Some factors which make Indonesian easy are that the verbs do not conjugate, there are no grammatical tenses, nouns do not have gender, and there are no tones. Also, there are quite a lot of cognates with English, and word order is not vastly different to English, so this is also a bonus for native English speakers.

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Erbse

Bahasa Indonesia and Bahasa Melayu share quite some similarities and both incorporate a lot of words You already know. Indonesia has been a colony of the Netherlands, so You can find tons of Dutch words in that language. Malaysia has been a British colony and has lots of English words, however the Indonesian variant has more than 200 million speakers, far more than Bahasa Melayu so learning Bahasa Indonesia should be more meaningful.

Also the grammar is simple and the use of the English alphabet makes reading and writing easy.

I had an Indonesian girlfriend for a while. Although I didn't learn the language, after a short while I could easily recognize the words as they seem very distinctive.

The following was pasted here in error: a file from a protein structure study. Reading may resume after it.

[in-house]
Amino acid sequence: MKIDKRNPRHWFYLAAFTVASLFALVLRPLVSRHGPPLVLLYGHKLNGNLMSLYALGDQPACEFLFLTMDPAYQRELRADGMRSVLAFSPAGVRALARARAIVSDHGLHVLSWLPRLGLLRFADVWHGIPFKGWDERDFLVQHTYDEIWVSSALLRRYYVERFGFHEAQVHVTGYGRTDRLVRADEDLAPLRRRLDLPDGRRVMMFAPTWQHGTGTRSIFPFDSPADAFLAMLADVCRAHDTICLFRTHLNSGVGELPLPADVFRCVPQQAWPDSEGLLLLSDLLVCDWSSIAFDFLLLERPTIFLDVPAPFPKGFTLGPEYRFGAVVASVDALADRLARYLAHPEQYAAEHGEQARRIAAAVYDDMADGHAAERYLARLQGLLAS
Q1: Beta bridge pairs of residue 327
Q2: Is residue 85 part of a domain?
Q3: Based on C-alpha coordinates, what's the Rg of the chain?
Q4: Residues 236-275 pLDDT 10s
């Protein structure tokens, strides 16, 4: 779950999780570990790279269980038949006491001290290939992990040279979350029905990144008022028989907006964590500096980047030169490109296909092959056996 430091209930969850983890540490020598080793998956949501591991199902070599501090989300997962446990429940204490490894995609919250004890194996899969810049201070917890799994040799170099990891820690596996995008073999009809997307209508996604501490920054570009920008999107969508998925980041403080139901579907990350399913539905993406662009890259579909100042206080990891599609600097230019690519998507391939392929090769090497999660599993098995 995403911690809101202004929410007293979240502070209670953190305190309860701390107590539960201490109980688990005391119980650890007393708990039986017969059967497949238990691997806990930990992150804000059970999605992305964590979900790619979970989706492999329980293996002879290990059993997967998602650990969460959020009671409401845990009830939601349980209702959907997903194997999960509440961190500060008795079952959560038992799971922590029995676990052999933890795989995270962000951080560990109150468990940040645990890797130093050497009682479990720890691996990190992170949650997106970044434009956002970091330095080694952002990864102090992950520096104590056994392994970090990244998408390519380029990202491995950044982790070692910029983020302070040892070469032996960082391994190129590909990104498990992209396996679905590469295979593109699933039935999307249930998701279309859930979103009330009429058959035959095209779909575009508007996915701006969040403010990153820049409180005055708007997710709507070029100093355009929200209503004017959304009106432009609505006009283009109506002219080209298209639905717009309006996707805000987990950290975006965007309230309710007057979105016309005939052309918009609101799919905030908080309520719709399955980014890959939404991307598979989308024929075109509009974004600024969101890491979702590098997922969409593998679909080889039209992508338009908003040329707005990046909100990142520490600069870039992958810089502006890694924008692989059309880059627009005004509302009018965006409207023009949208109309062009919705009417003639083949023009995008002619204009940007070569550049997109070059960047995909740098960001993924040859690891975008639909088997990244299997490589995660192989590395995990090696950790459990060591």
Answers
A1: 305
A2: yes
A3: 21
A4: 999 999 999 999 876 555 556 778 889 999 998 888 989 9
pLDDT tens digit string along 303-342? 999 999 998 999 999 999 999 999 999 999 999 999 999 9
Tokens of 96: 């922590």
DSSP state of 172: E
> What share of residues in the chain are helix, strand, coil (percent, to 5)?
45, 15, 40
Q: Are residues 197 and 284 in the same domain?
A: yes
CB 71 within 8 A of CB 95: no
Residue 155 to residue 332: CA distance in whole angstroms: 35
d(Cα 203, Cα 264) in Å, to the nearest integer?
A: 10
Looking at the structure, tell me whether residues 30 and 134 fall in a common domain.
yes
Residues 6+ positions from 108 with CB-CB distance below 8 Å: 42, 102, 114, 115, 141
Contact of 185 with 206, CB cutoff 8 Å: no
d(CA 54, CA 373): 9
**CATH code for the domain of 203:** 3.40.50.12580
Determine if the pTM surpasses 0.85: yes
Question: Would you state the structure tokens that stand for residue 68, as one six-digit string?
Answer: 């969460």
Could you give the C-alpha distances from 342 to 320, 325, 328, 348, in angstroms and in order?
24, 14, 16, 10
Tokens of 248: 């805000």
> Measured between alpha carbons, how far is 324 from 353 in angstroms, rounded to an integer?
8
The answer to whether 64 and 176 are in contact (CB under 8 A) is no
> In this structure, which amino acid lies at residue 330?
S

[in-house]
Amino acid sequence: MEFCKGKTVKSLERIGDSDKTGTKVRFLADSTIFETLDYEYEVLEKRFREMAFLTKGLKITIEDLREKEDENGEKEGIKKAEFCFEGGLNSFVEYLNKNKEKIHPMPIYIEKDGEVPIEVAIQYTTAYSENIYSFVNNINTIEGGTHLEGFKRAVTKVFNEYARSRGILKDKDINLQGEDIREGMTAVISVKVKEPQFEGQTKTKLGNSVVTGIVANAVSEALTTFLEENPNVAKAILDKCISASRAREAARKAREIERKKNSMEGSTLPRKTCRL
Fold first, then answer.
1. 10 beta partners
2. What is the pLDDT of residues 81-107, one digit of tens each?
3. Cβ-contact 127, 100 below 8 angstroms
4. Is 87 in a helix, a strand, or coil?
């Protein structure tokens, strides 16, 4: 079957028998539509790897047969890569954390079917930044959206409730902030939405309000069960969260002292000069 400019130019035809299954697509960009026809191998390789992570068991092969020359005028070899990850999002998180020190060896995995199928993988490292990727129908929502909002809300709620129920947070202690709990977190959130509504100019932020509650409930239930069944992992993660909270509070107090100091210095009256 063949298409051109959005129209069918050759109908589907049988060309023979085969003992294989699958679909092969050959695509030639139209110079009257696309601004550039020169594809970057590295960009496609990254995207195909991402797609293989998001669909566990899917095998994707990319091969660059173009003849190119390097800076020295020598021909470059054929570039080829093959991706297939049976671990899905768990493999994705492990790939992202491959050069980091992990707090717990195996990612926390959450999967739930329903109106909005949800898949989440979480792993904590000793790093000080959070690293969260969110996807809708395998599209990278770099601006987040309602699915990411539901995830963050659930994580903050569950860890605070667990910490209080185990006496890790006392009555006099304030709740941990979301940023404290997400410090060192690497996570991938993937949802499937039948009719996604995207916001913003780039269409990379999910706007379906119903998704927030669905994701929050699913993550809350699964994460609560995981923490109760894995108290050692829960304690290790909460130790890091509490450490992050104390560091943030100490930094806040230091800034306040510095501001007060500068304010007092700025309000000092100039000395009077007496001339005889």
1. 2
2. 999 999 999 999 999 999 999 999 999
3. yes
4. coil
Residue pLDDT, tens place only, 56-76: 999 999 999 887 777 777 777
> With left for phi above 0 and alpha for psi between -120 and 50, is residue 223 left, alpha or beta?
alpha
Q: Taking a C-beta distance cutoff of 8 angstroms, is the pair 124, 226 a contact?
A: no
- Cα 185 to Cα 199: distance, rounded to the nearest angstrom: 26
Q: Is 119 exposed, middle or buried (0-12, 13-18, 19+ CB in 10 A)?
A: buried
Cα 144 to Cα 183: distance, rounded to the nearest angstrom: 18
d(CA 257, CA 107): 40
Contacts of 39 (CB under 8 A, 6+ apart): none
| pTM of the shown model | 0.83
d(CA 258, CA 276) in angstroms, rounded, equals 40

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d4rk182

bahasa indonesia is not hard as a chinese or japanese

but indonesian had so many local dialect like

-sundanese

-javanese

-batak

-west javanese accent

-manado

-and so many

but if you could speak bahasa indonesia well

i think you would be able to communicate with majority of indonesian citizen

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rlinda_yuya

I agree, most foreigners who live here manage to speak bahasa decently after just few months, local dialect is not that hard and it's not widely used in big city.

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Guoke